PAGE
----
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CHINA-IRONORE/No great surprise that Rio Tinto has acknowledged it has given up trying to fix an annual iron ore price with Chinese steel mills.

What strains credibility is the miner’s insistence that this has nothing to do with the detention of its negotiating team in China.

Bon chance getting this deal done, Alcatel-Lucent

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It beggars belief that humbled telecom equipment supplier Alcatel-Lucent could be scooped up by a Chinese rival with nothing better to do. Huawei or ZTE seem credible candidates. The question is, why would they ever bother?

PLA soldiers perform during a rehearsal of a musical drama in Beijing

That didn’t stop shares of Alcatel-Lucent from rocketing up as much as 21 percent on Wednesday on rumors of an unnamed suitor. Momentum was helped by a rating upgrade on the depressed stock by French broker Natixis. The shares later settled back somewhat to trade at 2.75 euros, up 12 percent on the day in Paris.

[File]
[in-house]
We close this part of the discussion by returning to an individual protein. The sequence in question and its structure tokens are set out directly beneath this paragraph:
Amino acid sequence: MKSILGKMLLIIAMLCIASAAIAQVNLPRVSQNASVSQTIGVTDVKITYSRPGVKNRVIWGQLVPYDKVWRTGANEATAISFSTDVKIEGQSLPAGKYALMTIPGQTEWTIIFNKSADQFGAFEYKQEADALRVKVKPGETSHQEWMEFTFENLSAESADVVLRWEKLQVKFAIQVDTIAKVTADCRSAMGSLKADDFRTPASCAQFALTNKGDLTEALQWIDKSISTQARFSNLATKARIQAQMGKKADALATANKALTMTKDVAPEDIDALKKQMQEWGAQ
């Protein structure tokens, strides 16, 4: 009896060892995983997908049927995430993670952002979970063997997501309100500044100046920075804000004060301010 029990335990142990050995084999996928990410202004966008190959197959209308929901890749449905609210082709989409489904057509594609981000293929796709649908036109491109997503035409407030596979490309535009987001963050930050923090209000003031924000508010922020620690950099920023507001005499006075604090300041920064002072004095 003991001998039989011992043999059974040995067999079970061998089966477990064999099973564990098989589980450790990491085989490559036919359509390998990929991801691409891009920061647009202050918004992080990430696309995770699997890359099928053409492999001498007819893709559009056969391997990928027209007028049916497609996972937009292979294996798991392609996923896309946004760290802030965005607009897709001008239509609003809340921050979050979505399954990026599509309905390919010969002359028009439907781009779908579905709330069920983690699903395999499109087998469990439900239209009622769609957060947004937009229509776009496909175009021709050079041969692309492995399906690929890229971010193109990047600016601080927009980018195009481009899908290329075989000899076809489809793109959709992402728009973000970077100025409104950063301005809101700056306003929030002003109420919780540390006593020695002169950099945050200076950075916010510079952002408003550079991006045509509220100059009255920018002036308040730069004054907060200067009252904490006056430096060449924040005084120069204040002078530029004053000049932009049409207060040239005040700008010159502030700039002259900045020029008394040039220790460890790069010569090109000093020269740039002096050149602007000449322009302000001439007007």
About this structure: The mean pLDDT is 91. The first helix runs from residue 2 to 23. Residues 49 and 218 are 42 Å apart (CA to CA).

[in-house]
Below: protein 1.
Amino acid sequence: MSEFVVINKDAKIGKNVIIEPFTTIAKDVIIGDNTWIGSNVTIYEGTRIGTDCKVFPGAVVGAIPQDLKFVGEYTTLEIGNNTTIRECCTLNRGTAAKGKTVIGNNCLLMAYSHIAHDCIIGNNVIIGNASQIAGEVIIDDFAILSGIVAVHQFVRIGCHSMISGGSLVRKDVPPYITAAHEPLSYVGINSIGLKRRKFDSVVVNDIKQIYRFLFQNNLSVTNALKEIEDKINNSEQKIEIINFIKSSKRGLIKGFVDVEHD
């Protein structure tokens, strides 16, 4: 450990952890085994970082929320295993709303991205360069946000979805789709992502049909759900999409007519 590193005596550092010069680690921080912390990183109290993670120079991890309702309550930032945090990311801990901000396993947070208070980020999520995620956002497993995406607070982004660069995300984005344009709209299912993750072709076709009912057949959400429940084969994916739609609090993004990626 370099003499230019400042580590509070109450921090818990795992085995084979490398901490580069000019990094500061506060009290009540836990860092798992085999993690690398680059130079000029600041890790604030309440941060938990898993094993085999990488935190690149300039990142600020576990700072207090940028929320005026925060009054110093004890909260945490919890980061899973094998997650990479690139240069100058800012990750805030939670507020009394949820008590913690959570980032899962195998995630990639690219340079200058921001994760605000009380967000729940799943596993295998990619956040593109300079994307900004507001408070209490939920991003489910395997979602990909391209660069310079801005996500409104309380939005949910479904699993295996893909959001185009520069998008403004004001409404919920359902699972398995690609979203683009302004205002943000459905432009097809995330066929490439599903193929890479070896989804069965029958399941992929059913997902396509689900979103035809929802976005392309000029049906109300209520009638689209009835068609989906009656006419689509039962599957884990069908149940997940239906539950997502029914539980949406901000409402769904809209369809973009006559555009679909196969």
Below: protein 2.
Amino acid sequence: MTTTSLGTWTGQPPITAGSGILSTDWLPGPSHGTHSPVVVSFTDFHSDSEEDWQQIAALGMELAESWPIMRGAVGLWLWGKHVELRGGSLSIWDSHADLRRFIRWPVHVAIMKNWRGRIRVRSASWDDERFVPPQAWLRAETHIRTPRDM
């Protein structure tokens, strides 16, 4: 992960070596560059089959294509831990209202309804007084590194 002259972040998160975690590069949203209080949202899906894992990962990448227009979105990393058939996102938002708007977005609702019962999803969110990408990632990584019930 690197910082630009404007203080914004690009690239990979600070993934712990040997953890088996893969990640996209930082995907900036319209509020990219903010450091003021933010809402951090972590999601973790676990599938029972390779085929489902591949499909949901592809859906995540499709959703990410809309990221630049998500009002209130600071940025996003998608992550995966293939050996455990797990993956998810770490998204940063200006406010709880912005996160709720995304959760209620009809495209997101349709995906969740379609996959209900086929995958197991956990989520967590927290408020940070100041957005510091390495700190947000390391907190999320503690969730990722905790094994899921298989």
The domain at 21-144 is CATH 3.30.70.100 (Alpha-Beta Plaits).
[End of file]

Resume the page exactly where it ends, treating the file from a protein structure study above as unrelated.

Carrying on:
from The Great Debate:

Forget Microsoft, Yahoo’s value is overseas

-- Eric Auchard is a Reuters columnist. The opinions expressed are his own --

eric_auchard_columnist_shot_2009_june_300_px2The fate of Yahoo Inc has become intertwined in the public's imagination with the success or failure of its dealings with Microsoft Corp in recent years.

That's despite the fact that as much as 70 percent of the value investors put on Yahoo's depressed shares are tied up in its international assets or cash holdings -- factors that have nothing to do with Microsoft.

It’s a long way from 950 for the S&P 500

It’s hard to believe that little over a month ago, investors were holding their breath to see if the S&P 500 had enough momentum to burst through 950 – a psychological level that had held firm since November of last year. Carry through buying Monday from last week’s renewed cheer that the U.S. and global economies were leaving recession behind has pushed the S&P 500 to 1033, its highest level since Oct. 6, 2008 when it traded at 1056.89.

But as I noted here last week, markets continue to be pretty fickle when it comes to betting on recovery vs. continuing slump.